Review: Garland Civic Theatre's CRIMES OF THE HEART embraces family and southern charm

CRIMES OF THE HEART

By Beth Henley
Directed by Carol M. Rice
Produced by Garland Civic Theatre
Reviewed by Glynda Welch

Crimes of the Heart won the 1981 Pulitzer Prize for Drama and the 1981 New York Drama Critics’ Circle Award for Best American Play before playwright Beth Henley hit the milestone 30th birthday that Lenny MaGrath (Savannah Lloyd) suffers through with help and hindrance from her sisters, Meg (Rachel Jay) and Babe (Katherine Macune). Set in small-town Mississippi, Crimes of the Heart has a Southern Gothic flavor but at its core it focuses on relationships making its appeal universal and timeless.

Director Carol M. Rice, who also designed the set, has guided the cast through the dark and sometimes absurd comic moments to the realities of these flawed but very human characters. Lloyd’s expressive face is a rolling picture of angst, frustration, exhaustion, exhilaration and joy. Jay shares just enough flickers of Meg’s wounds under her narcissistic fa├žade to make her likeable. Macune’s Babe is an innocent child walking through an ugly adult reality. The three sisters are at their best when they join together, as they do in pushing back against their cousin and neighbor, Chick Boyle (Janae Hatchett). Clearly written by Henley as the antagonist to the Magrath girls, Hatchett’s Boyle is easy to hate. Her judgy, bossy attitude makes her banishment inevitable and so much fun.

David Kolis plays Doc Porter, the old boyfriend Meg scandalously left behind. Kolis gives us only the tiniest glances of Doc’s remaining scars.  Jed Carr plays Barnette Lloyd, the defense lawyer who steps up to rescue Babe, carrying his own baggage. 

Some of the most important characters in this play are never seen or heard by the audience, except in the words of the onstage characters. These actors paint such vivid pictures of their mother, grandparents, Babe’s estranged husband, and his sister that the audience feels they know them.  The relationship dynamics offstage have almost as much impact as what happens onstage. 

A talented array of designers adds to the depth of this production. Heather Lynn York’s costumes are totally on point. Meg (Jay) rocks velveteen paisley pants. Babe (Macune) is made even more childish in baby doll pajamas. Lenny (Lloyd) moves from one frumpy outfit and apron to another. Lighting Design is by Kenneth Hall, who also runs the light & sound board. Sound Designer is Jason Rice. Katy Hill serves as Props Manager.  The amazing thick chocolate birthday cake that arrives a day late for Lenny is the work of Kim Wickware of Buttercream Duo.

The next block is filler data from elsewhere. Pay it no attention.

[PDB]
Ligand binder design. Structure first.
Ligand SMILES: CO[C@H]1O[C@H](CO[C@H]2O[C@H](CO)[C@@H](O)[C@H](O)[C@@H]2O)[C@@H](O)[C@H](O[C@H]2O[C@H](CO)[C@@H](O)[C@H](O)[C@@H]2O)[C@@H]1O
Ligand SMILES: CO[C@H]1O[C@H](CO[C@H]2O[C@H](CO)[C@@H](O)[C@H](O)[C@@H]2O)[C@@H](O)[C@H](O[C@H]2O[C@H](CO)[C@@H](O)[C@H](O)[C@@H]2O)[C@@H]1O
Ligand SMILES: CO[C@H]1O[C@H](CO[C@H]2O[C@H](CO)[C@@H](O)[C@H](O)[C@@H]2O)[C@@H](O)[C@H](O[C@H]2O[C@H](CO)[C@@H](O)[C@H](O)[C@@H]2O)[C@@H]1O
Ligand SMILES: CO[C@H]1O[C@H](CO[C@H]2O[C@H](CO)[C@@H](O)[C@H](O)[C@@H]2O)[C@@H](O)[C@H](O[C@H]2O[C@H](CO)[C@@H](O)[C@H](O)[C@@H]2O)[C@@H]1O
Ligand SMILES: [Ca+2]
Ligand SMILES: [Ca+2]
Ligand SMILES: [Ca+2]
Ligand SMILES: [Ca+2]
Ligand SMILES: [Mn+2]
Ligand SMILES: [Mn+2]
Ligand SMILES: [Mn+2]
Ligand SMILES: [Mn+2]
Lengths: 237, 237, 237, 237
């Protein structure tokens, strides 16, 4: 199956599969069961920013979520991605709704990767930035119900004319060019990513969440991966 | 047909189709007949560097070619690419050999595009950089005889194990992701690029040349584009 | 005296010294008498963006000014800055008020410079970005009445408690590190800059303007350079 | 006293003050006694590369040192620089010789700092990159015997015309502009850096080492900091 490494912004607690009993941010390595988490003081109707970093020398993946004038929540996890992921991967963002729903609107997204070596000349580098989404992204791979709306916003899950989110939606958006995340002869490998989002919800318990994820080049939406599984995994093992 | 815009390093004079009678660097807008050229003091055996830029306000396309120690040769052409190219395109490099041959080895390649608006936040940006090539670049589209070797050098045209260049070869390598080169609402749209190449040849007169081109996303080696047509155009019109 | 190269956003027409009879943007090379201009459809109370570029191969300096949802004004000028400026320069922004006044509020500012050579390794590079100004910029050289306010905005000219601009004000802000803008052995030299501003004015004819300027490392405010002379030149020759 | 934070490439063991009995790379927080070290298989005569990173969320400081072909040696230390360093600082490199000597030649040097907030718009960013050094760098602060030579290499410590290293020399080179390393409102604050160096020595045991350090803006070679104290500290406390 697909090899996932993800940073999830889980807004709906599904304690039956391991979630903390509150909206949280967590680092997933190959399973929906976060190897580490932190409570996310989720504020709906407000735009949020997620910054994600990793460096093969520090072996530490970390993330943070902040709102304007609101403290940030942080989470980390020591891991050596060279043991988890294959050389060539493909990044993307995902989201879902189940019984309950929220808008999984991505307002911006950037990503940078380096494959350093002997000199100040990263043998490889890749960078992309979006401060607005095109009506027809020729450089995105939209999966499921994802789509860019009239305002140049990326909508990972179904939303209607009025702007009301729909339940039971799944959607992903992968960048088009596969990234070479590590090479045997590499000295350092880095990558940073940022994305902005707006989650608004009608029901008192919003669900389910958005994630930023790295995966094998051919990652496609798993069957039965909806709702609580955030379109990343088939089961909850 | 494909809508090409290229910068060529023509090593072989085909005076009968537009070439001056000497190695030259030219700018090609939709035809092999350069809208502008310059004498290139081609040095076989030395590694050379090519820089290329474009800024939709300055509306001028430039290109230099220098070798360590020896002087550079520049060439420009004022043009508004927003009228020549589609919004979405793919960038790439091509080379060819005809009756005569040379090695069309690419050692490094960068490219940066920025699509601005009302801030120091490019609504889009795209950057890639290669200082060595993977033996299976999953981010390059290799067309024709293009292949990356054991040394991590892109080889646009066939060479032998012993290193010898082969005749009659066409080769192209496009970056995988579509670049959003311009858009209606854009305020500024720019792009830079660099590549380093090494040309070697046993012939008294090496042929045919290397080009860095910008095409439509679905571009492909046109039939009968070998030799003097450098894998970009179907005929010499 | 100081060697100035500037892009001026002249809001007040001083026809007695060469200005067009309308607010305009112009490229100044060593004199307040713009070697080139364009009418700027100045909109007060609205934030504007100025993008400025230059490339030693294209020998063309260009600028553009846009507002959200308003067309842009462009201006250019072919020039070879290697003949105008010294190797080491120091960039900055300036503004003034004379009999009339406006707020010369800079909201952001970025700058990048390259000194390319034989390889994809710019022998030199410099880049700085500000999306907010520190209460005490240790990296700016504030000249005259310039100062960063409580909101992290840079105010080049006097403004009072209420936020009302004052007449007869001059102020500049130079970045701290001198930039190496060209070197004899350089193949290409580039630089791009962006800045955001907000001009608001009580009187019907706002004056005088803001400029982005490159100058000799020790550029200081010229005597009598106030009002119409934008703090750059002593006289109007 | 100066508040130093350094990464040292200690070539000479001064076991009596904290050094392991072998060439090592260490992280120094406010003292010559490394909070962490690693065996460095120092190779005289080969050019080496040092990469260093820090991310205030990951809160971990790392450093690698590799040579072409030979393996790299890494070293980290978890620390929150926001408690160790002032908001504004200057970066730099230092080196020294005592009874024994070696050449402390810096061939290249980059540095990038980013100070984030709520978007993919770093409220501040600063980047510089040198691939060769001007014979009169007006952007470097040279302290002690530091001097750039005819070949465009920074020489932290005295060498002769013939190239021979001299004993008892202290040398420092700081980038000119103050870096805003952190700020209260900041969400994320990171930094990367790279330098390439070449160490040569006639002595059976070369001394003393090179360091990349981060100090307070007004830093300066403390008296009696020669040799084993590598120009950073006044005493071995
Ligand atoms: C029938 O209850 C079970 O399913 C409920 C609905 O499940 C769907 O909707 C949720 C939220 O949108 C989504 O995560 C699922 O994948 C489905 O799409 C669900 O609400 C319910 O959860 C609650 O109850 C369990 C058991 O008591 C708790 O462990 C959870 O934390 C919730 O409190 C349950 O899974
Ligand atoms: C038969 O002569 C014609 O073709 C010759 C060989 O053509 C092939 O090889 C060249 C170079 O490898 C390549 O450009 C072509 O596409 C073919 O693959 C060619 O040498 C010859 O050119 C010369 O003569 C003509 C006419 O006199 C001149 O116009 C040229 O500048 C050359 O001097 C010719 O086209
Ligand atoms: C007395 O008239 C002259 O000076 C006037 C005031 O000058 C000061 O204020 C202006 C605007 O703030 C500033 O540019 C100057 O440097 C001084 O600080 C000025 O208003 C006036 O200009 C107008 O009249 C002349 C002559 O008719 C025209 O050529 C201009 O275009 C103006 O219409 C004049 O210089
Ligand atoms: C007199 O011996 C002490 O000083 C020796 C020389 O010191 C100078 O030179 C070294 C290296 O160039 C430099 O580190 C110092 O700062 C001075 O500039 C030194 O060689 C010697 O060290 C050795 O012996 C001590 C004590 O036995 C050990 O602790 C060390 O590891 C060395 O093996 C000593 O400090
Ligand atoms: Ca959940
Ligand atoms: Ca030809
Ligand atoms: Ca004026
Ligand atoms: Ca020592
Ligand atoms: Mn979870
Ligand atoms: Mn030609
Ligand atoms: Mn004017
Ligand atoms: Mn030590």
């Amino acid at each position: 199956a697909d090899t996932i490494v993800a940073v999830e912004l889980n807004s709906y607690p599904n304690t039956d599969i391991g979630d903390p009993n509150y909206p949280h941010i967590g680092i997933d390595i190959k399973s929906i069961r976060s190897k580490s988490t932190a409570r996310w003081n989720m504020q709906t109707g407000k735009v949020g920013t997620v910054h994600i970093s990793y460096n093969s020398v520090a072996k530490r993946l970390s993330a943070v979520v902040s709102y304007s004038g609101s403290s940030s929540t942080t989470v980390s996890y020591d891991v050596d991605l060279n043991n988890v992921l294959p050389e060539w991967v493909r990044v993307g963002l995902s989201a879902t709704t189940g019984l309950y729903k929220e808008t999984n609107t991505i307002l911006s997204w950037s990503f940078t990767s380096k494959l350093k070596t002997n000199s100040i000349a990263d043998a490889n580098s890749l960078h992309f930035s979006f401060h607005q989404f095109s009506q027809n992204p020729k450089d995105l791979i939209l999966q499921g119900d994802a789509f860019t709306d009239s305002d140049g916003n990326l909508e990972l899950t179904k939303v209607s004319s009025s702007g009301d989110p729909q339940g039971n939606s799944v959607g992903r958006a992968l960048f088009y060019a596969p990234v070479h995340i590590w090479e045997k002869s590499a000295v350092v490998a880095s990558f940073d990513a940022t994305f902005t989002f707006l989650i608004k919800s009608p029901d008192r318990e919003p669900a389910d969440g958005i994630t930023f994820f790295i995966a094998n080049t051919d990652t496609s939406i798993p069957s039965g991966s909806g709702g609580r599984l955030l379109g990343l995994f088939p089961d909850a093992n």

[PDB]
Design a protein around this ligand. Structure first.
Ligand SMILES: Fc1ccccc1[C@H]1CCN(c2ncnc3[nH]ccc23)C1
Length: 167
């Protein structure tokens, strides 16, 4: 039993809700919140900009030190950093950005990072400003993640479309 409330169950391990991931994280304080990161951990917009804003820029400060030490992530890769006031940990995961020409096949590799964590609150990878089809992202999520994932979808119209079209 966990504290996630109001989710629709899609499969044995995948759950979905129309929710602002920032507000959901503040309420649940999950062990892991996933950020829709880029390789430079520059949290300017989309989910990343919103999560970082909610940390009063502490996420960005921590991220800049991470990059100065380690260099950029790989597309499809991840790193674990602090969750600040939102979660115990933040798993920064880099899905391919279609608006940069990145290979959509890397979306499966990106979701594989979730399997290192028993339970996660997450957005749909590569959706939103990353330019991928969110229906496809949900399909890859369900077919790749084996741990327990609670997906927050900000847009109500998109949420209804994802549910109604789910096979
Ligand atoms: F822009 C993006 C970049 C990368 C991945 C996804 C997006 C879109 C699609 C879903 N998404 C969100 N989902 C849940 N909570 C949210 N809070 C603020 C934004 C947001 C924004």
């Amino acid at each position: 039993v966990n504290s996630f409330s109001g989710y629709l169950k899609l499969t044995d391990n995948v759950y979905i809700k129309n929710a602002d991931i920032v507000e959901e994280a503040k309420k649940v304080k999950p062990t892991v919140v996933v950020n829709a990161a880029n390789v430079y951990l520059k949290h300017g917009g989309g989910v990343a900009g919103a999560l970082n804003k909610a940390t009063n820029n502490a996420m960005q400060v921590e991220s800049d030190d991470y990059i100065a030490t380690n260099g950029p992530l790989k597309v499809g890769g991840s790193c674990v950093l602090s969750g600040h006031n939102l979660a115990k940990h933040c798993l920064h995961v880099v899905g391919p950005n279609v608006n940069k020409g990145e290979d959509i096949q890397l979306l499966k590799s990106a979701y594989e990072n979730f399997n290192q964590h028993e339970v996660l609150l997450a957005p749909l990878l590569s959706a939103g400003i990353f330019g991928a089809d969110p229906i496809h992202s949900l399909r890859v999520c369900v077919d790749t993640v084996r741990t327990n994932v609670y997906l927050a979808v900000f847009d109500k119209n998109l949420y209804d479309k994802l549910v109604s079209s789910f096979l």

Rice professes her love for this script in the director’s note in the program, and tracks her personal history with Crimes of the Heart, including appearing as Meg in college and directing productions three times prior to this Garland Civic offering. This reviewer also professes love for the script, having played Chick many years ago in Coppell under the direction of the late Wheelice “Pete” Wilson. Since then I have sought out productions of Crimes of the Heart for the opportunity to revisit Hazelhurst, Mississippi and the Magrath girls. 

Seldom have I enjoyed a visit to Hazelhurst as much as this one. Fortunately I have time to squeeze in another trip. Crimes of the Heart continues each Friday & Saturday evening at 7:30 and Sundays at 2:30 through September 24th. Garland Civic Theatre performances are held in the Granville Arts Center, 300 N. Fifth Street, Garland, Texas. Tickets are available through garlandcivic.org


Experience Live Theater!

Glynda Welch

Audience Rating: PG, sexual innuendo
Running Time: 2 ½ hours including 15 minute intermission
Accessible Seating: Available
Hearing Devices: Not Available
Sensory Friendly Performance: Yes
Production Sound Level: Comfortable Sound Level
Noises or Visuals to Prepare for: N/A
Production Sound Level: Comfortable Volume

Comments